1. Get a credit card: A virtual credit card is attached to your existing credit card account, so it’s necessary to have a credit card first. Most credit card issuers offer virtual cards, including Mastercard, Visa, and American Express. Corporate cards like Ramp also offer virtual cards.
  2. Log into your online or mobile credit card account and navigate to your account settings: Most banks or credit card accounts will have the option to request a virtual card under “Account Settings” in their online platform or mobile app. If you can’t find where to get virtual cards, check out their online help center.
  3. Download your credit card issuer’s virtual card app, if necessary: Some banks, like Chase, require you to download a virtual credit card app that’s separate from their online and mobile banking. Other providers will let you request virtual cards in the same app.
  4. Generate a 16-digit virtual credit card number: Receive a unique virtual credit card number. Note that some banks, like Capital One, will give you a different number for different merchants. Other providers will let you use the same number for different merchants, if you choose.
  5. Set spending limits, vendor restrictions, and when you want the card to expire: You can set up your virtual card so it expires after a single use, or keep it for several months and use it for recurring payments. At this point, you can also set spending limits and vendor restrictions.
  6. Start using your virtual credit card: Use your virtual card for online credit card transactions or in-store contactless checkouts, just like you would a regular credit card.

Create unlimited virtual cards with Ramp

At Ramp, we provide physical and virtual corporate cards that empower your employees to spend while allowing you to enforce your company’s expense policy. Our cards come with spend management features, so you can easily assign virtual cards and create custom guidelines for how they’re used.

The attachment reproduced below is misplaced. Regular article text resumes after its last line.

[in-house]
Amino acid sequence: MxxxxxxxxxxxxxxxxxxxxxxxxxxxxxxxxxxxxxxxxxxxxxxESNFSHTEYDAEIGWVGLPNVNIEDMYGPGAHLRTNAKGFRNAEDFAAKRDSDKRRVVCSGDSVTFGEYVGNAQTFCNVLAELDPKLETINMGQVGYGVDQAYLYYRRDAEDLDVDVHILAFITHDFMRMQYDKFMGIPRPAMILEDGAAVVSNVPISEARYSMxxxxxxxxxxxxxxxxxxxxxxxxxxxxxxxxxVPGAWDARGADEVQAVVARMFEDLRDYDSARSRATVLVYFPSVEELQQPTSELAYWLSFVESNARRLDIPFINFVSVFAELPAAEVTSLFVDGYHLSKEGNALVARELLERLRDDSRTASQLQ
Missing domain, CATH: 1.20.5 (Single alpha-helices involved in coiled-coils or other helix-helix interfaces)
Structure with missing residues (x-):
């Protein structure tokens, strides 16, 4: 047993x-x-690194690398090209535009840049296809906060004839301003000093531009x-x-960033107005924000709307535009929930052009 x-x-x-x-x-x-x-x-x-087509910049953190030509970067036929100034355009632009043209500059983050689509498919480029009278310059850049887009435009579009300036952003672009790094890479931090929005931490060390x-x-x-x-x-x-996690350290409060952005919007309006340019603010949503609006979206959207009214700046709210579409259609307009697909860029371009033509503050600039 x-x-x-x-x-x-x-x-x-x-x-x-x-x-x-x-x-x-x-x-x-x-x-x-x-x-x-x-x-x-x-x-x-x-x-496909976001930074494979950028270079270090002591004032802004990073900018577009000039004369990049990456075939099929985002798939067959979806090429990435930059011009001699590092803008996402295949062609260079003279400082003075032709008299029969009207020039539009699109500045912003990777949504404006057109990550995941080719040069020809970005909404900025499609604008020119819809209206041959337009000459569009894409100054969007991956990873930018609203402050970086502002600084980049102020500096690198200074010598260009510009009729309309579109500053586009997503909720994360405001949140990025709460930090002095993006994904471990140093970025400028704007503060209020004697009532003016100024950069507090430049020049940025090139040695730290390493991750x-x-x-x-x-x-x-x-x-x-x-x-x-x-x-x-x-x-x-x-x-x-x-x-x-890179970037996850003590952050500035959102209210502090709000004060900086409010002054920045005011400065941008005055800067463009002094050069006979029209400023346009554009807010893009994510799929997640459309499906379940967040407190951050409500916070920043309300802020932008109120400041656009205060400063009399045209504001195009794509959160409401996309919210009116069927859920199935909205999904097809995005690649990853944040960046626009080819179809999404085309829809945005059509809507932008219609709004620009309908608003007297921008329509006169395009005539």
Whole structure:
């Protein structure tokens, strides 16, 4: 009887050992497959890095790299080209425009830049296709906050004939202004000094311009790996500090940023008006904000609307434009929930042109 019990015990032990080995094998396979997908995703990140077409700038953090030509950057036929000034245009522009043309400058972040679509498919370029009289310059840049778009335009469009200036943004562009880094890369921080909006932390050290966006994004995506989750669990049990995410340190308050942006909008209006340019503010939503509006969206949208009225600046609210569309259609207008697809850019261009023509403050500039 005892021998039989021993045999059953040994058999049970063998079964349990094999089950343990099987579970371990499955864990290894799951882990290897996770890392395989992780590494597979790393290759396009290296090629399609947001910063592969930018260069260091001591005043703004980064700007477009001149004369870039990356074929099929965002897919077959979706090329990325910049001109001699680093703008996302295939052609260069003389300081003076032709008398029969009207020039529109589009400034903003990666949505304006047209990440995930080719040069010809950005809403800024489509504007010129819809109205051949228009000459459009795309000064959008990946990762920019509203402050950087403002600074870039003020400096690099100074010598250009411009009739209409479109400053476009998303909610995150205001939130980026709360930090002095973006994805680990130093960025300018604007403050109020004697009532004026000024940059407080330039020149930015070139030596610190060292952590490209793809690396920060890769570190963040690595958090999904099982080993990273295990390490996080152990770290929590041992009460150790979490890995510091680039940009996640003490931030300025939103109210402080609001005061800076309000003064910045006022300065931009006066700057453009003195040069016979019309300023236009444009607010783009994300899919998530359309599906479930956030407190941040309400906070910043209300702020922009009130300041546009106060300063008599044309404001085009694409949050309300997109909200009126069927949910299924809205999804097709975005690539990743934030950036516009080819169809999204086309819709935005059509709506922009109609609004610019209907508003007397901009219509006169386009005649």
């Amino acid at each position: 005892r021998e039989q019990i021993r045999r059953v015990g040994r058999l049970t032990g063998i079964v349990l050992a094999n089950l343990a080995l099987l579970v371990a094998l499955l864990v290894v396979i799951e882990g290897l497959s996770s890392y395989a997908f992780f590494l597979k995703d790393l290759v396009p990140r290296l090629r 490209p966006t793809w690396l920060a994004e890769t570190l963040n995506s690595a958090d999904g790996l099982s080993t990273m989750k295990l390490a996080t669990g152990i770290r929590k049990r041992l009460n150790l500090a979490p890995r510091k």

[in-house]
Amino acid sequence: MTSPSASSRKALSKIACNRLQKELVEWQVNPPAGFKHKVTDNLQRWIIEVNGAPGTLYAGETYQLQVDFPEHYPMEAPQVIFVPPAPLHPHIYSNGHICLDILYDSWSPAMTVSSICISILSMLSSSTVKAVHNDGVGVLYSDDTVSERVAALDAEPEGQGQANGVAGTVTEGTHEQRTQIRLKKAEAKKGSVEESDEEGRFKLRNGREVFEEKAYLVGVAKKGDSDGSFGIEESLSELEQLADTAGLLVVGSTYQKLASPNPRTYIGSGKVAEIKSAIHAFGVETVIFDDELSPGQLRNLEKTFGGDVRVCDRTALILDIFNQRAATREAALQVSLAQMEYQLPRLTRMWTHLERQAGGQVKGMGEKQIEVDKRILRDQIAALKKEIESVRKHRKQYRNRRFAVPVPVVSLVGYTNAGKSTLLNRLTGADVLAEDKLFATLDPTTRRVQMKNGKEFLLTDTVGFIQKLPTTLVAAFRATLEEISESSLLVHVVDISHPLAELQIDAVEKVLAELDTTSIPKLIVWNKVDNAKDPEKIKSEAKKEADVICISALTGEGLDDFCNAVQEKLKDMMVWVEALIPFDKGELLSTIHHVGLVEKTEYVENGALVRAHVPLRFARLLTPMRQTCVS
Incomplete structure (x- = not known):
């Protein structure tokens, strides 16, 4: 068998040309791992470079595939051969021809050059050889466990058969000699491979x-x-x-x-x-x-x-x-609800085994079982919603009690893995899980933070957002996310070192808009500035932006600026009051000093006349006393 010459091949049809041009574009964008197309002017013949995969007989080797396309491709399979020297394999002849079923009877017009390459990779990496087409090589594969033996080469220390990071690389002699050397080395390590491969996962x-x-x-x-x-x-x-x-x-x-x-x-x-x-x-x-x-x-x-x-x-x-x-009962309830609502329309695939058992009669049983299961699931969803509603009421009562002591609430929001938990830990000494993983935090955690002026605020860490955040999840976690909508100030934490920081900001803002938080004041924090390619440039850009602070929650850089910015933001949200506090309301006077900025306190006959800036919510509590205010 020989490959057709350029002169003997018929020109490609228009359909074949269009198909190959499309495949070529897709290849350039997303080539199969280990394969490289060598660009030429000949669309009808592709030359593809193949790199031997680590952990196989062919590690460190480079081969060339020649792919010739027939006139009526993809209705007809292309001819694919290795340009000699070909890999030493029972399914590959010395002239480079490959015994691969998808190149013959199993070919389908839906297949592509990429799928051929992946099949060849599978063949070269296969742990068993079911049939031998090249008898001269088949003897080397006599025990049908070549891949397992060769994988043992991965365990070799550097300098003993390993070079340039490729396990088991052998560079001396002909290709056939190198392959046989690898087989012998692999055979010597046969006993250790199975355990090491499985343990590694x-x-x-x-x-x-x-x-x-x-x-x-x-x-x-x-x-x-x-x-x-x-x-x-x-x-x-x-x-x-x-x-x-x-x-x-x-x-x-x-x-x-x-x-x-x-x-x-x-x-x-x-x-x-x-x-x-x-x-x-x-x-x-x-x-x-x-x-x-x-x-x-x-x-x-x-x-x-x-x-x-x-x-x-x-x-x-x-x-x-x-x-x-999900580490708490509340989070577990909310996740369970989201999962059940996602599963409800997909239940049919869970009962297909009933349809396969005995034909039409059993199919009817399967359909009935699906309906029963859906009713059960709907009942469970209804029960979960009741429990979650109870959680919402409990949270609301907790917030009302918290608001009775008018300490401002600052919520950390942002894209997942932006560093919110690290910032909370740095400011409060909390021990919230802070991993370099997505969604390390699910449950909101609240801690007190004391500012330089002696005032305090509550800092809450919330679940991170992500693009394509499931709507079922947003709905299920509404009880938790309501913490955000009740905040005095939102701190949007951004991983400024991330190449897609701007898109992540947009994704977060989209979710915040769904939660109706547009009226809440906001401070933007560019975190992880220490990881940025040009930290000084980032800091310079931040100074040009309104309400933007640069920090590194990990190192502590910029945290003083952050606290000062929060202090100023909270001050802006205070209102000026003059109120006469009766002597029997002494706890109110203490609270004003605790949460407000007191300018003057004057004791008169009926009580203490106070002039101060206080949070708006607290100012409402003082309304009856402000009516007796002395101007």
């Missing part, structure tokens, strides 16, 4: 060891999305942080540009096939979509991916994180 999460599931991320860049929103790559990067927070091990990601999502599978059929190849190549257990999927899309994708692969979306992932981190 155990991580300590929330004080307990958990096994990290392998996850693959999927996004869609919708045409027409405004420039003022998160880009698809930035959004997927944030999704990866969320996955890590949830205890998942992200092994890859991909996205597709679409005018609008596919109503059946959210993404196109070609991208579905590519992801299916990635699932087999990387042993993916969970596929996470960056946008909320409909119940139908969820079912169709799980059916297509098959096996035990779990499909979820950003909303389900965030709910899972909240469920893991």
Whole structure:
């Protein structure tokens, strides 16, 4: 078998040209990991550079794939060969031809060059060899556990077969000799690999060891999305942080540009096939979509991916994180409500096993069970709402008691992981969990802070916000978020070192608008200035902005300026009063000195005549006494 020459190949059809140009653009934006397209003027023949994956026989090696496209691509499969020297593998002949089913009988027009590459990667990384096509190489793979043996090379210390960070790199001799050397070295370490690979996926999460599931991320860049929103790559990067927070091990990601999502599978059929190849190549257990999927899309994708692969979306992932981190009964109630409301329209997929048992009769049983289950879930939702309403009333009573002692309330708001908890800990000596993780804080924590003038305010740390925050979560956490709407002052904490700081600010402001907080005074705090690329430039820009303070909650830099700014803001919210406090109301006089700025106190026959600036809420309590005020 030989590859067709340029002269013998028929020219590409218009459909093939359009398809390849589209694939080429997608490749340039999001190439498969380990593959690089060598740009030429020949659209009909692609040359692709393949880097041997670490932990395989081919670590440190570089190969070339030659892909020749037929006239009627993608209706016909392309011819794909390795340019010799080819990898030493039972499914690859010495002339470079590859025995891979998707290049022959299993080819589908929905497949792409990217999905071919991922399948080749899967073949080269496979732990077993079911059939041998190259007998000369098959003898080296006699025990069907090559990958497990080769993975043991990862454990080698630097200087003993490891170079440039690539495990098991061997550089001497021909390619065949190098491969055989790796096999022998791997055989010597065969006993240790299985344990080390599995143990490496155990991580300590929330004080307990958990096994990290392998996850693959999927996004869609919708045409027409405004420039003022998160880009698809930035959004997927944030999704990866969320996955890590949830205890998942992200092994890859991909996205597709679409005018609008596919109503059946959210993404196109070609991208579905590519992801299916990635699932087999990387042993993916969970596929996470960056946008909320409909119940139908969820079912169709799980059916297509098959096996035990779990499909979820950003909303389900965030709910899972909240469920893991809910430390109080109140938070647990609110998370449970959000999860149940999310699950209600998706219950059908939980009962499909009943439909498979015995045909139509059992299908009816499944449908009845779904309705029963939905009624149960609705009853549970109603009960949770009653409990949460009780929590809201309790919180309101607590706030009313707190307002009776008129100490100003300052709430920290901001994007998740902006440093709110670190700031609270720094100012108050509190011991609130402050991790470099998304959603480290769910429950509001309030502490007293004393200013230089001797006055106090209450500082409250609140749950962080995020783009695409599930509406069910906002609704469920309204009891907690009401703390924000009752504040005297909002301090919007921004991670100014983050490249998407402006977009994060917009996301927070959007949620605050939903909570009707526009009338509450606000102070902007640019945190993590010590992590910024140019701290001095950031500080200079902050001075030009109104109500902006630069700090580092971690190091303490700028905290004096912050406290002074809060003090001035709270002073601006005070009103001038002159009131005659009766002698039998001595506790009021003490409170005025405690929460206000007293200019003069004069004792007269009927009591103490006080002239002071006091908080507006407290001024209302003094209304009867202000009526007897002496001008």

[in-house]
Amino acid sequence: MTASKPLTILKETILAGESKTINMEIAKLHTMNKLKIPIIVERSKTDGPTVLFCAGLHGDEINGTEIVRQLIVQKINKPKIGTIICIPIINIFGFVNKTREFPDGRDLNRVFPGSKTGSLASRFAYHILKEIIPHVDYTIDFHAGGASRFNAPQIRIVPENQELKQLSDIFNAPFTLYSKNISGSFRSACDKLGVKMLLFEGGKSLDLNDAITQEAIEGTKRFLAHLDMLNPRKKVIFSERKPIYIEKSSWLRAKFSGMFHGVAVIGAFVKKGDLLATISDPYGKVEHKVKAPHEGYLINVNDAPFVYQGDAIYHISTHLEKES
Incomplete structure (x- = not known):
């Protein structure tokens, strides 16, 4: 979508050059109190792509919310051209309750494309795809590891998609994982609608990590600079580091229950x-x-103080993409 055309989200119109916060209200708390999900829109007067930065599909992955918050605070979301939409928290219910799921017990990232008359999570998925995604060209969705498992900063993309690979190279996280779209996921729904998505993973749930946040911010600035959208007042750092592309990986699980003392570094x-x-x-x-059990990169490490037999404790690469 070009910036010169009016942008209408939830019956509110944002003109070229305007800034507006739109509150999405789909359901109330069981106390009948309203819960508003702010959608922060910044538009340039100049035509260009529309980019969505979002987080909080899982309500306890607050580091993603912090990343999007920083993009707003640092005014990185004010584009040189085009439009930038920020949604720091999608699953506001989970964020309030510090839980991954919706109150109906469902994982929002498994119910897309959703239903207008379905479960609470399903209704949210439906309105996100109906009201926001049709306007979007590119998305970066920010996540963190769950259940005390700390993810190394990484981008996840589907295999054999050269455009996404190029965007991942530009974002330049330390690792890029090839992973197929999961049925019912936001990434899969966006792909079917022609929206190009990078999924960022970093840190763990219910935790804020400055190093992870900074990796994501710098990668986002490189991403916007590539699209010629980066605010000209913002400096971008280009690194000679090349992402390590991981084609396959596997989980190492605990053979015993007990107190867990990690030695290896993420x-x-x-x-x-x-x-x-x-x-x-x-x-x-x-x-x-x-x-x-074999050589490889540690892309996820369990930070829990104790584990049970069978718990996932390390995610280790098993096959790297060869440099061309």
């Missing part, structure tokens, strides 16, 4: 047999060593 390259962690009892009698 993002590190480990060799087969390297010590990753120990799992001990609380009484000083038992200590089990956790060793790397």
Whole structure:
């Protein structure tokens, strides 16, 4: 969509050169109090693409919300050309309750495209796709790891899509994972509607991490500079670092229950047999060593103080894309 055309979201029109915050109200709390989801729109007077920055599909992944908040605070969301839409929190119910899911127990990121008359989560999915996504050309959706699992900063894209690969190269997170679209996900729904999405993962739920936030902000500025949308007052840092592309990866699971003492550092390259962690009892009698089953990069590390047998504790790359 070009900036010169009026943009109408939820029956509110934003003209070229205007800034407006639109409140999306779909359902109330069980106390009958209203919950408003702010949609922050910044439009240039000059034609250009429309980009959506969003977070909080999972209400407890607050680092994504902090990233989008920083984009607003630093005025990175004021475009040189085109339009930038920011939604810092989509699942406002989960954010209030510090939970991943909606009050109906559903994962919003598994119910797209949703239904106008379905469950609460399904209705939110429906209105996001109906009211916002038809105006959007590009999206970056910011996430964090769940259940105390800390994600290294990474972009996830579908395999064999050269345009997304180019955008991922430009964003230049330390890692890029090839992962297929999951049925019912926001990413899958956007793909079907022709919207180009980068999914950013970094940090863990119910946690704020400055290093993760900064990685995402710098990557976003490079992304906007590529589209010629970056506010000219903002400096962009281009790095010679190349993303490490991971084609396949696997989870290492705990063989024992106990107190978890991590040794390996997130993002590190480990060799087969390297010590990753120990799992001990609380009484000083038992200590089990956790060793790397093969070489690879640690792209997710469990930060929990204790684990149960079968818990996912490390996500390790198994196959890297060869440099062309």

In the Ramp dashboard, we provide a comprehensive view of your company's spending, offering real-time updates and cost-saving insights. You can filter spending by merchant, type, or other rules. Our platform also seamlessly integrates with accounting tools, letting you sync expense data to automatically generate expense reports.

See how Ramp’s virtual cards can streamline your company’s finances.

Try Ramp for free.
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Finance Writer and Editor, Ramp
Ali Mercieca is a Finance Writer and Content Editor at Ramp. Prior to Ramp, she worked with Robinhood on the editorial strategy for their financial literacy articles and with Nearside, an online banking platform, overseeing their banking and finance blog. Ali holds a B.A. in Psychology and Philosophy from York University and can be found writing about editorial content strategy and SEO on her Substack.
Ramp is dedicated to helping businesses of all sizes make informed decisions. We adhere to strict editorial guidelines to ensure that our content meets and maintains our high standards.